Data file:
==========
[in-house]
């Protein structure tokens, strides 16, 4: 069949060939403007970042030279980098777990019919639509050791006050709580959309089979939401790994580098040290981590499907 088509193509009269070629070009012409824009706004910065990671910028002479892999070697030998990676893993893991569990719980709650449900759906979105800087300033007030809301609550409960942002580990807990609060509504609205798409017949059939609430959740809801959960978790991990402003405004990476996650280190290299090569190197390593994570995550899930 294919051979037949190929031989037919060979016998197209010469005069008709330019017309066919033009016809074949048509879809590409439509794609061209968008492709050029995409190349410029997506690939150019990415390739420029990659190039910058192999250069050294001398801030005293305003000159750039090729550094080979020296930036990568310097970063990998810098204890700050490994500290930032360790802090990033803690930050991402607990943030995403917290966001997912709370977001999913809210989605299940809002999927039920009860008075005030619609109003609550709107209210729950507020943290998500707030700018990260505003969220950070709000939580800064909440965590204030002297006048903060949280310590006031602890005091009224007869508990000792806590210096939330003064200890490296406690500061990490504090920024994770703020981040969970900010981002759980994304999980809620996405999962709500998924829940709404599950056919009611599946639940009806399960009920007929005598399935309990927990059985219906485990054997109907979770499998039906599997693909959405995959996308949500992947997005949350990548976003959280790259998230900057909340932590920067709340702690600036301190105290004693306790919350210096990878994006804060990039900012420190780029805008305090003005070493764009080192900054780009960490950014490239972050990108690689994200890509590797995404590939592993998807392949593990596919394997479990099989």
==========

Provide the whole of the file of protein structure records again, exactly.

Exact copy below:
[in-house]
């Protein structure tokens, strides 16, 4: 069949060939403007970042030279980098777990019919639509050791006050709580959309089979939401790994580098040290981590499907 088509193509009269070629070009012409824009706004910065990671910028002479892999070697030998990676893993893991569990719980709650449900759906979105800087300033007030809301609550409960942002580990807990609060509504609205798409017949059939609430959740809801959960978790991990402003405004990476996650280190290299090569190197390593994570995550899930 294919051979037949190929031989037919060979016998197209010469005069008709330019017309066919033009016809074949048509879809590409439509794609061209968008492709050029995409190349410029997506690939150019990415390739420029990659190039910058192999250069050294001398801030005293305003000159750039090729550094080979020296930036990568310097970063990998810098204890700050490994500290930032360790802090990033803690930050991402607990943030995403917290966001997912709370977001999913809210989605299940809002999927039920009860008075005030619609109003609550709107209210729950507020943290998500707030700018990260505003969220950070709000939580800064909440965590204030002297006048903060949280310590006031602890005091009224007869508990000792806590210096939330003064200890490296406690500061990490504090920024994770703020981040969970900010981002759980994304999980809620996405999962709500998924829940709404599950056919009611599946639940009806399960009920007929005598399935309990927990059985219906485990054997109907979770499998039906599997693909959405995959996308949500992947997005949350990548976003959280790259998230900057909340932590920067709340702690600036301190105290004693306790919350210096990878994006804060990039900012420190780029805008305090003005070493764009080192900054780009960490950014490239972050990108690689994200890509590797995404590939592993998807392949593990596919394997479990099989």